Perception

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I recently asked a new acquaintance a rather telling question. We had never met before. We only had a few minutes to form any kind opinion about each other. He was well spoken, appeared to be quite smart and I posed a question. I asked him to respond honestly, brutally if necessary. The question was this: What was your opinion of me when you first saw me? His answer was pretty much what I expected:   “I saw a disabled woman”. I next asked him what that meant to him. His response? “You are someone who needs help in your life because you’re unable to do anything”. His Smart Factor dropped a few notches.

Unfortunately this response is pretty typical. People see the chair not the person. Once people get to know me they realize that I’m not the chair and I am not the disease. Yes, I am a woman. Yes, I have a disability. No, I am not a disabled woman. Cars are disabled, toasters are disabled. I have a disability. I also have red hair and an attitude to match. You see it all comes down to perception.

Almost instantly I had judged that man to be educated because he spoke well. Actually he is educated and attractive and I’ll say nothing more. People who live with the accoutrements of a disease run into this daily. Yes I may need help getting something off-the-shelf but don’t assume I’m infirm because I just asked you for help. This is why I have become a talker. The more I speak, the more people come to understand that I’m a woman first.

Is there an answer to this conundrum? Yes. Time. Attitudes will change but it takes time. It will also take people willing to support those changes. You cannot legislate behaviour but you can put the focus on the issue. I’m in a wheelchair, that’s really hard to miss, but I still function quite well in society. I don’t want the authorities to force people to do what is right, I want them to do it of their own accord and that takes time. It also takes people like me helping others to see, not beating them into submission. That is rather frowned upon.

 

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10 thoughts on “Perception

  1. oldmainer

    I’m glad you asked the question. I’m sure he believed he had shown compassion instead of condescension. I had my aha moment several years ago when I led a group of blind students in Junior Achievement. I posted a blog about it three years ago that, in light of your essay, I am going to republish, as it is such an important message. It is called “But Now I See”.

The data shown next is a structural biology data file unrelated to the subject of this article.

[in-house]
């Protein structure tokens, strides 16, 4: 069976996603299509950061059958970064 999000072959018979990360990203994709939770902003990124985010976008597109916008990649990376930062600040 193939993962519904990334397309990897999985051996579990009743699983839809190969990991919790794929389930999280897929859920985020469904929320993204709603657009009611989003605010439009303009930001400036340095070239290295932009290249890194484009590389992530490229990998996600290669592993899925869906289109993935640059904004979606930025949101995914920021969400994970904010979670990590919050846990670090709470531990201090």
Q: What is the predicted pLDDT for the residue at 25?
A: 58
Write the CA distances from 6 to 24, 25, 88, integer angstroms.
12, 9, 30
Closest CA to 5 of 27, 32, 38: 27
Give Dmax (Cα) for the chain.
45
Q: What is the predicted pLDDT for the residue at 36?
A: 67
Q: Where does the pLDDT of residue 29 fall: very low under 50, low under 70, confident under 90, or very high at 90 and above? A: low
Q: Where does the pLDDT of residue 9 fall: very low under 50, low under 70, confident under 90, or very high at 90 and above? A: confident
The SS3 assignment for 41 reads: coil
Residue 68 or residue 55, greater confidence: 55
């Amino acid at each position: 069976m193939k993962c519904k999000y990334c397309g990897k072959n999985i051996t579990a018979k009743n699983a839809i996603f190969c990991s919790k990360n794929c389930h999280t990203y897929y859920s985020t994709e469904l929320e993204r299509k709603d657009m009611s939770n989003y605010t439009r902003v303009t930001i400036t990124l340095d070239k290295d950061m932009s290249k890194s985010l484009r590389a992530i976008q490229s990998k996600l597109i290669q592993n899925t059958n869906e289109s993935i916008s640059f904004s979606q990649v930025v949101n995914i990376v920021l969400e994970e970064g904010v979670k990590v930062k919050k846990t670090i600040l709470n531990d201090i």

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  2. Mark Lanesbury

    Great post Pam 🙂 And a little story if I may. As a child I had a group of autistic and handicapped children in my school. And in my experiences with them I found that it could be quite uncomfortable interacting with them. Hence a lifetime of ‘seeing’ the wheelchair or autism and automatically not wanting to embarrass myself so I just didn’t speak to them.
    And for many others they seem to have had some of the same experiences and react the same, not wanting that embarrassment (for themselves) or cause any problems.
    And in never being able to interact, an automatic signal is to avoid, and in doing so, avoid everyone in a wheelchair, even though they can be attractive, smart, mesmerizing story tellers, and even have a blog to die for 😀
    So, after many years of ‘fear’, I no longer avoid wheelchairs, or for that matter, the autistic in all their forms. Shoot, I know some people that I would rather avoid than the beauty I can now see in a handicap or autistic person 🙂
    And it did take many years to ‘see’ past many things, and hopefully in this day and age, to ‘see’ that within us all is a warm beating heart regardless of our ‘mobility’ or ‘interacting’ with this world.
    Plus, and thankfully, our generations of now are able to ‘see’ a bit better (mind you, there still can be those like your friend), and be a bit more aware of their actions.
    For you it must be uncomfortable to be treated this way and landed in the ‘avoidance’ category, all for the sake of some wheels. Shoot, you do writing better than most authors, mesmerize with your humor and wit, and dare I say it…paint like Rembrandt 😀 , if that’s a disability, I’ll have two thank you.
    And that is not meant to belittle your condition either Pam, it takers great courage and strength to ‘live’ any type of condition like you or others have.
    Take a bow my friend, you have gained a beauty like no other, ‘because’ of where you have been, it creates an empathy for self and others like nothing else.
    If the ‘others’ only knew 🙂

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    1. quiall Post author

      Wow, Mark what a beautiful comment! (I’m teary eyed, smiling and taking a metaphoric bow!) I admire your honesty and your insight. You are a wise man. Having known you for only a short time I can say with certainty that the people you touched will remember you.

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